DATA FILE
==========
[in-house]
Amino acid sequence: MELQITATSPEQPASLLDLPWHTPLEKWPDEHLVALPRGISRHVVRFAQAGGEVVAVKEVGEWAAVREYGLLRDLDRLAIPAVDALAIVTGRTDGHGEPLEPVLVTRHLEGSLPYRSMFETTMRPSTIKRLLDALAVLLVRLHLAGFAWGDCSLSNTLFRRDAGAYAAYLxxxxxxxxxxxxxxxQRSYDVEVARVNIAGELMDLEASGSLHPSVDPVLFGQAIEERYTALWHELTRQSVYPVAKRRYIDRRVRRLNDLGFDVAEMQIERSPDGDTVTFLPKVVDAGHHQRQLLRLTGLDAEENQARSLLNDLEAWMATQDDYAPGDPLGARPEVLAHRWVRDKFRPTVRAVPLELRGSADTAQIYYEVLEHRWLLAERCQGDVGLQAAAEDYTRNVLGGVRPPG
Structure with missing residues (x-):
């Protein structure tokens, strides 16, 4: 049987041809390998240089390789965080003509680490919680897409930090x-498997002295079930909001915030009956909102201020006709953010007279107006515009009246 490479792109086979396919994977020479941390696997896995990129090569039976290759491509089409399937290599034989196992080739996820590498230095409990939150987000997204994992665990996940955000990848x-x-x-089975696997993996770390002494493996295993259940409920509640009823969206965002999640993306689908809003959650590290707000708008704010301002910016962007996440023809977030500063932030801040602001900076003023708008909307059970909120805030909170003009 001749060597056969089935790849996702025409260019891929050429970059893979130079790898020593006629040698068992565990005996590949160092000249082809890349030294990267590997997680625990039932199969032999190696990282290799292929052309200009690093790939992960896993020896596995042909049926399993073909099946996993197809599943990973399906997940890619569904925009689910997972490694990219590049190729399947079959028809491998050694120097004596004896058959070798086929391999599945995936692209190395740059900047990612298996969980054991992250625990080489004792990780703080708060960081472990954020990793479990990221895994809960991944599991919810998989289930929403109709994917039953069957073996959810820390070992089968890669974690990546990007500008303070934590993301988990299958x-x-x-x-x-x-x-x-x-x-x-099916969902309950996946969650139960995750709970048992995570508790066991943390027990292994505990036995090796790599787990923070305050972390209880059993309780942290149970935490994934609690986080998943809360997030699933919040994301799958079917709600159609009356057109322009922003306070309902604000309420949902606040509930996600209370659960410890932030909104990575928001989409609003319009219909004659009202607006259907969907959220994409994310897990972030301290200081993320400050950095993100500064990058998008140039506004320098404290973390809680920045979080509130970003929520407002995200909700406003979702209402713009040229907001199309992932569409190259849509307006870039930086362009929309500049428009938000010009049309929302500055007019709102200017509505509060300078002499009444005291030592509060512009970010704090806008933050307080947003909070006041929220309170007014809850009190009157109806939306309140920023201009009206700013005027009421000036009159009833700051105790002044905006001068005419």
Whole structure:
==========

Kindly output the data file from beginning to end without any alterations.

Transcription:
[in-house]
Amino acid sequence: MELQITATSPEQPASLLDLPWHTPLEKWPDEHLVALPRGISRHVVRFAQAGGEVVAVKEVGEWAAVREYGLLRDLDRLAIPAVDALAIVTGRTDGHGEPLEPVLVTRHLEGSLPYRSMFETTMRPSTIKRLLDALAVLLVRLHLAGFAWGDCSLSNTLFRRDAGAYAAYLxxxxxxxxxxxxxxxQRSYDVEVARVNIAGELMDLEASGSLHPSVDPVLFGQAIEERYTALWHELTRQSVYPVAKRRYIDRRVRRLNDLGFDVAEMQIERSPDGDTVTFLPKVVDAGHHQRQLLRLTGLDAEENQARSLLNDLEAWMATQDDYAPGDPLGARPEVLAHRWVRDKFRPTVRAVPLELRGSADTAQIYYEVLEHRWLLAERCQGDVGLQAAAEDYTRNVLGGVRPPG
Structure with missing residues (x-):
């Protein structure tokens, strides 16, 4: 049987041809390998240089390789965080003509680490919680897409930090x-498997002295079930909001915030009956909102201020006709953010007279107006515009009246 490479792109086979396919994977020479941390696997896995990129090569039976290759491509089409399937290599034989196992080739996820590498230095409990939150987000997204994992665990996940955000990848x-x-x-089975696997993996770390002494493996295993259940409920509640009823969206965002999640993306689908809003959650590290707000708008704010301002910016962007996440023809977030500063932030801040602001900076003023708008909307059970909120805030909170003009 001749060597056969089935790849996702025409260019891929050429970059893979130079790898020593006629040698068992565990005996590949160092000249082809890349030294990267590997997680625990039932199969032999190696990282290799292929052309200009690093790939992960896993020896596995042909049926399993073909099946996993197809599943990973399906997940890619569904925009689910997972490694990219590049190729399947079959028809491998050694120097004596004896058959070798086929391999599945995936692209190395740059900047990612298996969980054991992250625990080489004792990780703080708060960081472990954020990793479990990221895994809960991944599991919810998989289930929403109709994917039953069957073996959810820390070992089968890669974690990546990007500008303070934590993301988990299958x-x-x-x-x-x-x-x-x-x-x-099916969902309950996946969650139960995750709970048992995570508790066991943390027990292994505990036995090796790599787990923070305050972390209880059993309780942290149970935490994934609690986080998943809360997030699933919040994301799958079917709600159609009356057109322009922003306070309902604000309420949902606040509930996600209370659960410890932030909104990575928001989409609003319009219909004659009202607006259907969907959220994409994310897990972030301290200081993320400050950095993100500064990058998008140039506004320098404290973390809680920045979080509130970003929520407002995200909700406003979702209402713009040229907001199309992932569409190259849509307006870039930086362009929309500049428009938000010009049309929302500055007019709102200017509505509060300078002499009444005291030592509060512009970010704090806008933050307080947003909070006041929220309170007014809850009190009157109806939306309140920023201009009206700013005027009421000036009159009833700051105790002044905006001068005419």
Whole structure: